Health Feed

Dysphagia is a swallowing impairment that can occur after someone has a stroke or any type of brain injury. Dysphagia is also a concern with Parkinson’s disease, multiple sclerosis (MS), oral cancer, and many other injuries and diseases. However, according to the National Institutes of Health (NIH), dysphagia is also a growing concern in Alzheimer’s Disease (AD). The NIH says that dysphagia “frequently leads to aspiration pneumonia, a common cause of death in this population, particularly in the later stage of AD.” Read more →


Dear Carol: My mother is relatively healthy for a 76-year-old woman but she’s overcome cancer twice and I worry about losing her. She doesn’t show any signs of dementia, which I know because she actually went through screening with a specialist to prove to me that she is capable of doing what she wants. She does want me to accompany her to the doctor, and I’m Power of Attorney for her health, but she says that I take over the appointment when we’re there. Read more →


As I watched my 90-year old grandparents grieve the loss of many friends, I had to wonder how much fun it is to be the last one standing. My parents faced much the same situation. Mom, who once loved getting Christmas cards, found that not only did the number of cards she received dwindle, the ones that she did get often contained sad news of death or disease. As she and many other older folks have said, "aging isn't for sissies." Read more →


Sometimes, these expenses are enormous, especially for spousal caregivers. Costs can range from simple personal items to charges for adult day services. Either way, caregivers should develop a method of tracking these expenses. One reason is that, for some, the expenses could be taken off of their taxes. Read more →


One of the most commonly asked questions about cognitive issues is “Is it Alzheimer’s or dementia?” The short answer is, Alzheimer’s is one type of dementia. According to the Alzheimer’s Association, “Dementia is a general term for loss of memory and other mental abilities severe enough to interfere with daily life. It is caused by physical changes in the brain.” Read more →


I’m struggling with trying to find answers on how I can help my elderly mother. I’m 67, I’m retired and I live an hour away from my 87-year-old mom who has heart failure. Mom still lives alone in her house and this is very important to her. As her condition has worsened, she’s required more help from my sister who lives just 10 minutes away. My sister runs all of mom’s errands, completes all of her chores, and checks in on her several times a day. On top of this, my sister still works full time and won’t be able to retire for a three more years. I visit mom a couple times a month to give my sister a rest, but I fear as moms health continues to fail, that won't be enough. I feel guilty for not doing more but I am too far away. I love the town I live in as it is close to my daughter and grandchildren. Should I move? – BT Read more →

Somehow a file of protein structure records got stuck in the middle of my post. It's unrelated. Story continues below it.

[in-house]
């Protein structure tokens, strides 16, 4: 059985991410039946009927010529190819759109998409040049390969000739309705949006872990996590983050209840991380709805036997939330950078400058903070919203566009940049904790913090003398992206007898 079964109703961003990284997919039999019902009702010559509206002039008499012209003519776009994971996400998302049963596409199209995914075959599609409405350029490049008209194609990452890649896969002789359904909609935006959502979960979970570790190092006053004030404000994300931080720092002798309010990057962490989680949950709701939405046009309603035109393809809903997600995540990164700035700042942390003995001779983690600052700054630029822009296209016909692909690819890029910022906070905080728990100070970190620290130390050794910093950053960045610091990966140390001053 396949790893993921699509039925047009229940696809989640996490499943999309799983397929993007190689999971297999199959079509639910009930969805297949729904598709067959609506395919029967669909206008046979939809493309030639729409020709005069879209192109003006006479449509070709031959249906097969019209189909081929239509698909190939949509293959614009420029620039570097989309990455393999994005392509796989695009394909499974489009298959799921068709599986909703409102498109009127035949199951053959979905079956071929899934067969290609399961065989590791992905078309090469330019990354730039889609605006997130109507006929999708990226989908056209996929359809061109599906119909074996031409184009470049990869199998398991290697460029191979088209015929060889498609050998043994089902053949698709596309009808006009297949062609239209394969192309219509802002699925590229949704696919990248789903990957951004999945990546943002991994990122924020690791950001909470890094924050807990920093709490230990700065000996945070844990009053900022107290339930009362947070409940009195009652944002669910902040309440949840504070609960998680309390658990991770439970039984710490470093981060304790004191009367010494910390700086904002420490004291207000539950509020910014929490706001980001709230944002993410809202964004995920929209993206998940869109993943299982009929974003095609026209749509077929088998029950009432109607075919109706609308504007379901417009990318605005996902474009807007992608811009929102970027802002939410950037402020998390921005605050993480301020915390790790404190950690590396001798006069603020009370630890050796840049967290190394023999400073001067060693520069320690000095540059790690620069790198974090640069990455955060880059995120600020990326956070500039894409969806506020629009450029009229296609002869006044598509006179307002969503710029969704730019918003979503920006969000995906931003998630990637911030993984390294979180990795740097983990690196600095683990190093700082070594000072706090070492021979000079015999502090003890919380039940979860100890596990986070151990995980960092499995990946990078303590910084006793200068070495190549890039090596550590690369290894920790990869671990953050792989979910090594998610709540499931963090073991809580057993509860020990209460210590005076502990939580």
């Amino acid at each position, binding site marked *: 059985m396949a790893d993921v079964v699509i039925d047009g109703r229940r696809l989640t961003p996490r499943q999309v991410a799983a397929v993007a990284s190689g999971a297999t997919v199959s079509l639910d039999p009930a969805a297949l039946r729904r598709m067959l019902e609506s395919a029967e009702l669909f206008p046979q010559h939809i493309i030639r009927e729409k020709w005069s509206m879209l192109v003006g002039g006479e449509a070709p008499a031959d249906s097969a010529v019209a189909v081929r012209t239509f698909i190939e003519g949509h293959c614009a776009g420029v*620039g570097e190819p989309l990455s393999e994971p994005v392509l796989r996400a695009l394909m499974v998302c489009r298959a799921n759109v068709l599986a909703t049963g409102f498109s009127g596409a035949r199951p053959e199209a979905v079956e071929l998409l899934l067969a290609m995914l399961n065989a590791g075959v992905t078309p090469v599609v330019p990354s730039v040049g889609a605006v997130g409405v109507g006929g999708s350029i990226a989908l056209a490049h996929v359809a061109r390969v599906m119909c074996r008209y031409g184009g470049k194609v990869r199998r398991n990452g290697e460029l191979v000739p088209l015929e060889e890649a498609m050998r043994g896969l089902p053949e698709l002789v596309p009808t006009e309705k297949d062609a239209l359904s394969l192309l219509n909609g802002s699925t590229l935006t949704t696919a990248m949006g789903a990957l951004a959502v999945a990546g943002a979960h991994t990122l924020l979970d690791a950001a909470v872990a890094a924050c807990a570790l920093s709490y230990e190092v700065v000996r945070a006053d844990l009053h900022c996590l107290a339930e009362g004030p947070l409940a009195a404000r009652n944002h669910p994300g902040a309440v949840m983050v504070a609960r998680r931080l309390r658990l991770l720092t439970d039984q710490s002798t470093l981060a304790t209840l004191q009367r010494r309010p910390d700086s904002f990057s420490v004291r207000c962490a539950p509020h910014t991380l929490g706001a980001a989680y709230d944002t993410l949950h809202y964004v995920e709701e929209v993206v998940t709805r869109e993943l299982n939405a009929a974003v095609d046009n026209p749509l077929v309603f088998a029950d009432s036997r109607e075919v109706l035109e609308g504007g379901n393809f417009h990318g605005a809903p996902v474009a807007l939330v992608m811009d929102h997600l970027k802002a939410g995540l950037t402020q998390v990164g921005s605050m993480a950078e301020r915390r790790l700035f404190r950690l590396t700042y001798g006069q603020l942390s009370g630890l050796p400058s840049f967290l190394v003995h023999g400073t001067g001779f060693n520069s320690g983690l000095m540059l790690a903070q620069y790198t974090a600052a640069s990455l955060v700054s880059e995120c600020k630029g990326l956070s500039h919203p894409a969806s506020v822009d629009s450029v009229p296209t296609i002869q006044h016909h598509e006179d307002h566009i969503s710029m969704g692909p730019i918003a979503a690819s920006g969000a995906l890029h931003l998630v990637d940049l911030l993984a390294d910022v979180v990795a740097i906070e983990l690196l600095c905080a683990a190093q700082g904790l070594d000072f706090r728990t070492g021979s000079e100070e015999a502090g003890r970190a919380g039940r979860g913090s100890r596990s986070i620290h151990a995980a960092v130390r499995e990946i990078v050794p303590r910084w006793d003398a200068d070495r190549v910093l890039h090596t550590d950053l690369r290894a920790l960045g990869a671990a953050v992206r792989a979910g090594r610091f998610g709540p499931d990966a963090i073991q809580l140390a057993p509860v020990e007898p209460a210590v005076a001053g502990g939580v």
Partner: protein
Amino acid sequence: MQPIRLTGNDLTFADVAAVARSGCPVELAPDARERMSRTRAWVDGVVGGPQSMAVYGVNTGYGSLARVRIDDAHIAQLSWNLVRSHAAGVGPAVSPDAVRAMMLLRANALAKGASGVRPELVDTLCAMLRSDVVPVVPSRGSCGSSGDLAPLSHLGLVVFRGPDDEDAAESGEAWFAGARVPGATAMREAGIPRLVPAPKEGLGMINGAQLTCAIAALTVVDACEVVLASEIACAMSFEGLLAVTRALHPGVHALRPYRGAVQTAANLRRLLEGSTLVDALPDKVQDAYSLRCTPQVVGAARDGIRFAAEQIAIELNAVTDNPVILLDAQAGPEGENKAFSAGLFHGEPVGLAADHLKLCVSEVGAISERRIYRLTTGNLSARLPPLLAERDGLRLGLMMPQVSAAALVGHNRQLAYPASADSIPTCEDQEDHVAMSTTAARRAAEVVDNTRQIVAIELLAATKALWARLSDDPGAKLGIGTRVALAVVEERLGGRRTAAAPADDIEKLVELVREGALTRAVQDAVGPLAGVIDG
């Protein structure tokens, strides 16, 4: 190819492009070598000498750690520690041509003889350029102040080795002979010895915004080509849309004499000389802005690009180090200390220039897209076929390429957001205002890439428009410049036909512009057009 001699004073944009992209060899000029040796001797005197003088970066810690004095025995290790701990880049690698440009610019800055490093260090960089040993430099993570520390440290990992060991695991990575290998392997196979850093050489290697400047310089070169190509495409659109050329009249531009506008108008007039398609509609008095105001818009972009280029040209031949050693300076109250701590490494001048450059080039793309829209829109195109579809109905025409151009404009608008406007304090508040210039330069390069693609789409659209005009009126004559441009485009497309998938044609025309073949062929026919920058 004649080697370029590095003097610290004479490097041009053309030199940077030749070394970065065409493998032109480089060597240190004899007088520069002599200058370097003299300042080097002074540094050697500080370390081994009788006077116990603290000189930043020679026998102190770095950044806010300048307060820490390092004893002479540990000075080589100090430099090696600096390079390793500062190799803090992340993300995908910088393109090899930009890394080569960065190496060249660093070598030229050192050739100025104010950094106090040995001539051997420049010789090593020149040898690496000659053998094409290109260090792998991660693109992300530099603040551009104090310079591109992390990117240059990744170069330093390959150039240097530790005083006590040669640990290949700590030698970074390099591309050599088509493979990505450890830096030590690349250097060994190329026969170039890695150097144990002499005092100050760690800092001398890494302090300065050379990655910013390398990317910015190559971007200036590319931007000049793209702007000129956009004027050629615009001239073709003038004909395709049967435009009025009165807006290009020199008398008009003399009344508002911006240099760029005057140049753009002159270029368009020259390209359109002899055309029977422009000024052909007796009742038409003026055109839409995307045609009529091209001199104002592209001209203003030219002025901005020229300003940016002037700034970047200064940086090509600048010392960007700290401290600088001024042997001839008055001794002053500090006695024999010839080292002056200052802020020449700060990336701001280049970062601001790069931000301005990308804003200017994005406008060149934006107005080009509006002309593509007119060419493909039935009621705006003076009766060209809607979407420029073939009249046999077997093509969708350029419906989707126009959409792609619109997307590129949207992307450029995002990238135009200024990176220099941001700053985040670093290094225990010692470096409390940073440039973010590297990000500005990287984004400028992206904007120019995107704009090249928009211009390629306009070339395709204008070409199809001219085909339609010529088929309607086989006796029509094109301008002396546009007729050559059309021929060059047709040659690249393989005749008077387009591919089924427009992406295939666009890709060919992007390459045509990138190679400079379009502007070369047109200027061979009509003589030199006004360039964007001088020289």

Myths about brain health are as rampant as they are for any feared disease. Neuropsychologist Dr. Michelle Braun is a memory expert who actively fights against these myths. In the process, she helps people learn how to reduce their risk for developing Alzheimer’s disease. Dr. Braun has worked for 10 years as a clinical neuropsychologist in departments of neurology, neurosurgery, and psychiatry in hospitals and academia. In 2008, she received the Practitioner of the Year Award from the Alzheimer’s Association in southeastern Wisconsin. Read more →


Aging can bring unique joys, but for many it also brings the loss of physical and, for some, cognitive abilities that they feel once defined them. These losses can usually be absorbed if the elders stay connected to the greater community in some way and/or they enjoy engrossing hobbies. But many become isolated, either because they don’t feel like making the effort to stay connected or they lack the opportunity. Those who do become socially isolated will often succumb to disease or early death. Read more →


Every person who becomes a caregiver will have unique personality traits, yet we nearly always share certain feelings and experiences as we travel a road similar to one another. That’s one reason that caregivers often turn to other caregivers for support. It’s a version of the adage that we need to walk in another’s shoes in order to truly understand what they feel. One of those shared experiences is a certain amount of stress. Some personalities cope with the ever changing, nearly always challenging, business of caring for another adult with health issues better than others. Read more →


When it comes to Alzheimer’s disease, a number of researchers think that it’s time to reconsider the idea of infection as a root cause. Scientists are now pointing to studies that reveal the presence of a microbe as a possible trigger for the disease. The theory is that microbes "find their way into the brain via the bloodstream and lie dormant until triggered by aging, immune system decline or by different types of stress…once they are activated, the microbes then damage brain cells - either directly or via inflammation.” Read more →